A father suspected of abducting his 2-year-old son and fleeing Long Island for Virginia have been found dead in a murder-suicide following a bitter custody fight. During the ordeal, authorities refused to issue an Amber Alert and waited over six hours to inform the public and solicit their help.
The bodies, identified by Rockbridge County sheriff’s deputies, match the identities of John and Jovani Ligurgo. They were found in a Jeep Grand Cherokee that had been set alight behind a residence. Suffolk County police have not confirmed the identity or either Jovani or his father John.
Ligurgo, 43, took Jovani and fled Long Island Tuesday after starting a fire in the bedroom of his condo, according to police. Maria Busone, Jovani’s mother, alerted police when Ligurgo did not show up to return Jovani to her home as required by a court-ordered visitation order. Four hours later, Ligurgo’s Jeep was seen crossing the George Washington Bridge into New Jersey.
The pair were discovered in Raphine, central Virginia, around 8:45 a.m. local time Wednesday. Firefighters were alerted to a burning vehicle, and sheriff’s deputies ran the license plate through a recognition database, which was matched to an advisory sent to local law enforcement. Ligurgo did not have any apparently connections in Raphine or the area in general. “It’s like a nightmare. It’s heartbreaking.
This poor baby hasn’t even gotten a chance to live.” said Jovani’s aunt, Jackie Pulizzi, to press at the scene. She described how Jovani was just starting to talk, and what kind of cartoons he liked. “PJ Masks” and “Wallykazam” were his favorites, when he wasn’t playing with his cousins or his 26-year-old half-brother, who cried when the bodies were discovered.
Pulizzi, Busone’s sister, said Busone was in the process of petitioning for full custody of Jovani. She wanted Ligurgo to be drug tested and undergo a psychological exam as conditions of his visitation. A hearing was scheduled only a day after Ligurgo killed Jovani and himself. Busone filed the petition when deciding to end the “toxic” relationship between her and Ligurgo after three years.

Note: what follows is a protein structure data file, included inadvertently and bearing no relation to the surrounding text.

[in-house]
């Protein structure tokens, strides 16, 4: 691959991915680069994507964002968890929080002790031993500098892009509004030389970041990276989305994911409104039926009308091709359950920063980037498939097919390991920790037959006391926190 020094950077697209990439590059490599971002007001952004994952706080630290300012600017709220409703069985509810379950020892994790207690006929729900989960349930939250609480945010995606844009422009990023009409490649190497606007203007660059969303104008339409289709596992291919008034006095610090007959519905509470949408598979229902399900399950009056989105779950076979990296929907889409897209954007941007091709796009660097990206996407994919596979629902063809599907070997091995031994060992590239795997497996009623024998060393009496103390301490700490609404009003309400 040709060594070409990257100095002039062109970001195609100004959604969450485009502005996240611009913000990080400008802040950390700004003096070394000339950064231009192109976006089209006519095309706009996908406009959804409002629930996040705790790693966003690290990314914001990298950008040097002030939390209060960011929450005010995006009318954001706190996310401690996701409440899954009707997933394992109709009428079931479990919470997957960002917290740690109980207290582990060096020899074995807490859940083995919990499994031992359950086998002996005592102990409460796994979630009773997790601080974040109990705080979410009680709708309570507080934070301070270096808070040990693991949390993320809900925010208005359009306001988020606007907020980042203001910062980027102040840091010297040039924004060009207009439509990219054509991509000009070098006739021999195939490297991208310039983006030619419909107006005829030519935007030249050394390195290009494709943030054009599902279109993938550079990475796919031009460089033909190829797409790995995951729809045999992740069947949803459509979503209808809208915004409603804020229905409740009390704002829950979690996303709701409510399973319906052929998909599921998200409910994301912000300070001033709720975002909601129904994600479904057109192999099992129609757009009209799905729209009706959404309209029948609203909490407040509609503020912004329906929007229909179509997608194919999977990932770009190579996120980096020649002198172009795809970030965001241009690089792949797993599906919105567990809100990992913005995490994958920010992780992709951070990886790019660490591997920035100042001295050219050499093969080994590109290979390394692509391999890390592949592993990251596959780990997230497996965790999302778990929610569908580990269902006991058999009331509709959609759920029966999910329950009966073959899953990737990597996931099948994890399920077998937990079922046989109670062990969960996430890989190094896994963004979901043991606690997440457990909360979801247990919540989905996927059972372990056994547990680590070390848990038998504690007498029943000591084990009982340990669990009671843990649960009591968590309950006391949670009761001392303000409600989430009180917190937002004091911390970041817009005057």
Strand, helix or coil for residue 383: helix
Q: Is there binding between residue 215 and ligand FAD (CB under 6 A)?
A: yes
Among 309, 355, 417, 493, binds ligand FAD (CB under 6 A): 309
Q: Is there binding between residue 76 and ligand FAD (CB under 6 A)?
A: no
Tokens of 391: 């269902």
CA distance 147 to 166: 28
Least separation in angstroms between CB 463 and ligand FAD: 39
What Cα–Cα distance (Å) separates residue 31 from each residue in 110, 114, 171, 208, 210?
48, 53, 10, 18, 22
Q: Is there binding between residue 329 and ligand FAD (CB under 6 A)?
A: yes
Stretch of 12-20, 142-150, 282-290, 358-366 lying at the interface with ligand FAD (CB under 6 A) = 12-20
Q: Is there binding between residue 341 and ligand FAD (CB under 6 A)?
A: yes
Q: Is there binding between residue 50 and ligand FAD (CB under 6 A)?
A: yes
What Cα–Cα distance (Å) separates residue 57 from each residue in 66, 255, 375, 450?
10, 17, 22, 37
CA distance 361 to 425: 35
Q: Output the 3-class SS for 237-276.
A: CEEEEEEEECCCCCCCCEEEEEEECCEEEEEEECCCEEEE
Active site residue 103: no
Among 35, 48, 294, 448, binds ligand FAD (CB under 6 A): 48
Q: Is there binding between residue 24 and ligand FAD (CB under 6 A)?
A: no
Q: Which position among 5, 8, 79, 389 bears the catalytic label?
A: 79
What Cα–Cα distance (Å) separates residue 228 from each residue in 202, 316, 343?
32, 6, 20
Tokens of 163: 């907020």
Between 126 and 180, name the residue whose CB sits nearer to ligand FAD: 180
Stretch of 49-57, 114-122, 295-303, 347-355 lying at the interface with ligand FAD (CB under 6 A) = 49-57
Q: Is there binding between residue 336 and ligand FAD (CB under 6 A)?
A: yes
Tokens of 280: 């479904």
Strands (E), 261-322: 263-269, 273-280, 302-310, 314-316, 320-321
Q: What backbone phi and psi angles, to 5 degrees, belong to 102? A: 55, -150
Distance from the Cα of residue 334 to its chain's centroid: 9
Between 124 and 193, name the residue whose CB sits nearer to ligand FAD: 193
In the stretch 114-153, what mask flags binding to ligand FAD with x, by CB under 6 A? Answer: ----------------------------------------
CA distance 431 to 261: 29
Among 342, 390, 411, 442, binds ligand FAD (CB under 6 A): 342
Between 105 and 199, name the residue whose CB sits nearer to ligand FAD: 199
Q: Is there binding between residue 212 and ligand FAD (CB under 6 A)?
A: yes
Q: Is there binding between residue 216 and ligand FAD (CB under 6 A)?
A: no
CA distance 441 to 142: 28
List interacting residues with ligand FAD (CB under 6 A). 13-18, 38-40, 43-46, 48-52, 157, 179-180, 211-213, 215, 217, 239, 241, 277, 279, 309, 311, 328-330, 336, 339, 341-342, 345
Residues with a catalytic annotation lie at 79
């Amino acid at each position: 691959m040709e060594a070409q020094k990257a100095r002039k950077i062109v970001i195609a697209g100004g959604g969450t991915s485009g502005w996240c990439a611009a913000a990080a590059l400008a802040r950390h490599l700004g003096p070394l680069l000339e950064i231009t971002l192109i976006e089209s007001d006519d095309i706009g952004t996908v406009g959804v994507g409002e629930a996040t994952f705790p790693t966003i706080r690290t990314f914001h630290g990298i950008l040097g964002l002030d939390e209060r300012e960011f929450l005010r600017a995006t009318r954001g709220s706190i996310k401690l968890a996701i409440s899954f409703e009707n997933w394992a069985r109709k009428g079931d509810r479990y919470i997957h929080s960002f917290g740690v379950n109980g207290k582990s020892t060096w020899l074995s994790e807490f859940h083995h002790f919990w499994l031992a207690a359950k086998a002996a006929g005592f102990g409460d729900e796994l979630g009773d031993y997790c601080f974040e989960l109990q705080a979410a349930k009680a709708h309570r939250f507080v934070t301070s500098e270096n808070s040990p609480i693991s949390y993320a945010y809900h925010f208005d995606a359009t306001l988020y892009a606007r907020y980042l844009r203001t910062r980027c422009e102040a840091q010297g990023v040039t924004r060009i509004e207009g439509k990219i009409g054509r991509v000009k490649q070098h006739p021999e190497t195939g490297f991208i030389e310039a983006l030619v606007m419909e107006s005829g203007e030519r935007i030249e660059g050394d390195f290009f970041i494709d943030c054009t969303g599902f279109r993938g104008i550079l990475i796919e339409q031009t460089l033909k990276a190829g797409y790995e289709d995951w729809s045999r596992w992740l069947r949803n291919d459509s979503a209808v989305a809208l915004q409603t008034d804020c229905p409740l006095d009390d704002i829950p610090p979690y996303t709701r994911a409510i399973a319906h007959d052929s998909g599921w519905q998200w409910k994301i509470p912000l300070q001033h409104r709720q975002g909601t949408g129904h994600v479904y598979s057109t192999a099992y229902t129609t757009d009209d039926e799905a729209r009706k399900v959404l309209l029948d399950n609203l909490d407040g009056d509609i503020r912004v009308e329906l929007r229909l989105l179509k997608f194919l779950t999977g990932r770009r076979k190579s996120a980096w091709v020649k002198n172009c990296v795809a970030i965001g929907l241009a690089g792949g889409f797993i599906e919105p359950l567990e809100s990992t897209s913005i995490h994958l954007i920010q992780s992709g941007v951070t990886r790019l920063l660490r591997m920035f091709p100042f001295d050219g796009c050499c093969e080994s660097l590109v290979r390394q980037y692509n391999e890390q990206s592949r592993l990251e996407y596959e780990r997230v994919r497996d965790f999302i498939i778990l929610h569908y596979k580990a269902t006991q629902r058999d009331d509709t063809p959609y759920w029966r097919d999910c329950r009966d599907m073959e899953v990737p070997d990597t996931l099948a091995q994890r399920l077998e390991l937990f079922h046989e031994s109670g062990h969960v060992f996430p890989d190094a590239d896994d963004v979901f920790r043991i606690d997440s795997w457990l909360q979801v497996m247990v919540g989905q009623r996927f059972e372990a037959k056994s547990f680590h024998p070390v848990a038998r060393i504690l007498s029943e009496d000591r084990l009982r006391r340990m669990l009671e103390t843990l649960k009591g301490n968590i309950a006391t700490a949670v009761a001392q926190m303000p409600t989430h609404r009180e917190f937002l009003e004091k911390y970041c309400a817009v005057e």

Ligurgo was recently fired from his job for smoking marijuana at work, and was described as selfish, abusive, and controlling towards Busone. Her family feared for their safety. “He was not interested in working anything out,” Pulizzi said. “His thought process was, ‘If I can’t have him, nobody can.’ No man of rational thinking does that.”
Suffolk County police requested that state authorities issue an Amber Alert after Jovani’s abduction, but a state police spokesperson said information provided at the time failed to meet the criteria for an alert. Amber Alerts are only issued if a child is in danger of serious bodily harm or death, and Ligurgo’s clean record and lack of documented history of violence failed to meet that threshold. Jovani’s family said Ligurgo’s unstable behavior should have been reason enough.
Instead, Suffolk Police Commissioner Geraldine Hart said the department issued an advisory including descriptions of Jovani, Ligurgo, and the Jeep to a national alert system. Police began investigating the case as a missing person’s inquiry after they had connected Jovani’s disappearance to the fire, and waited a day later to inform the public. “We were gathering the facts of the case, we were reaching out to our law enforcement partners and then the determination was made to reach out to the media,” Hart said.
“The totality of the circumstances indicated this could be serious,” Suffolk County Chief of Detectives Gerard Gigante told the press. “He could have turned up in a hotel room and drove back today, but unfortunately that wasn’t the case.”